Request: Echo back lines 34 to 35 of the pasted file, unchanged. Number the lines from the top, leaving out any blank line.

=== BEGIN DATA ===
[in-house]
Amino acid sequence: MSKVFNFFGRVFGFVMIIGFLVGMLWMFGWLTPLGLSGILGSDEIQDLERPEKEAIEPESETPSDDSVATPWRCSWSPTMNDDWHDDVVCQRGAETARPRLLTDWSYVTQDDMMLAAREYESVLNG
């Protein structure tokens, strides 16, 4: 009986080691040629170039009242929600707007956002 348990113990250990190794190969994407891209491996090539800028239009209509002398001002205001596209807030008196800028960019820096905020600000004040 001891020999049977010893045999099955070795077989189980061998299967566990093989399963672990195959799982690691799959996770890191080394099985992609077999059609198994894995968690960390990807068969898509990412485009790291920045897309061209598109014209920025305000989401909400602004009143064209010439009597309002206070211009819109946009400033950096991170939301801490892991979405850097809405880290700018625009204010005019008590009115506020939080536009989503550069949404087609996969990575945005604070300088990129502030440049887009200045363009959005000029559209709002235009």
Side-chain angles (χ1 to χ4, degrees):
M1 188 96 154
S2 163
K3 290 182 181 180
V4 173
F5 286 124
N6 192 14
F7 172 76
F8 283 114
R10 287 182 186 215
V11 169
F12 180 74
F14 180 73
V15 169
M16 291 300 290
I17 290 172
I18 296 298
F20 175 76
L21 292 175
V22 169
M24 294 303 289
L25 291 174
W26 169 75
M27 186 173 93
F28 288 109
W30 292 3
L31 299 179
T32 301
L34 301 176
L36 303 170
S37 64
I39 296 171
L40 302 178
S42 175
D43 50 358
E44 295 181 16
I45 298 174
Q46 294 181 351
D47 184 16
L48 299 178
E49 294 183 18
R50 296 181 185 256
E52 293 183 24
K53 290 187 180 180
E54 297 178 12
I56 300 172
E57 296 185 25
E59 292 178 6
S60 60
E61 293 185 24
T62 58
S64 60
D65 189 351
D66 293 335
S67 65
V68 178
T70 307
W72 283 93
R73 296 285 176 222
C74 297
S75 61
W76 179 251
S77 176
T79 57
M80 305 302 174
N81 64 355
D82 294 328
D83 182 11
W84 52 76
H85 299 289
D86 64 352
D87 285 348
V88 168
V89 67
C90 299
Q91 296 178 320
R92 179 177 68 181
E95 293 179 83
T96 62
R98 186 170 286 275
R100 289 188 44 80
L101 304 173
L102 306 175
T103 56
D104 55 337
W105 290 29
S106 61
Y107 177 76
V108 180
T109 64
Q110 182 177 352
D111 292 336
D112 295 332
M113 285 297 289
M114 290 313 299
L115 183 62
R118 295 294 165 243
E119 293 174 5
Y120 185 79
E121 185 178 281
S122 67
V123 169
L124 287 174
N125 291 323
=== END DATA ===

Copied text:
S37 64
I39 296 171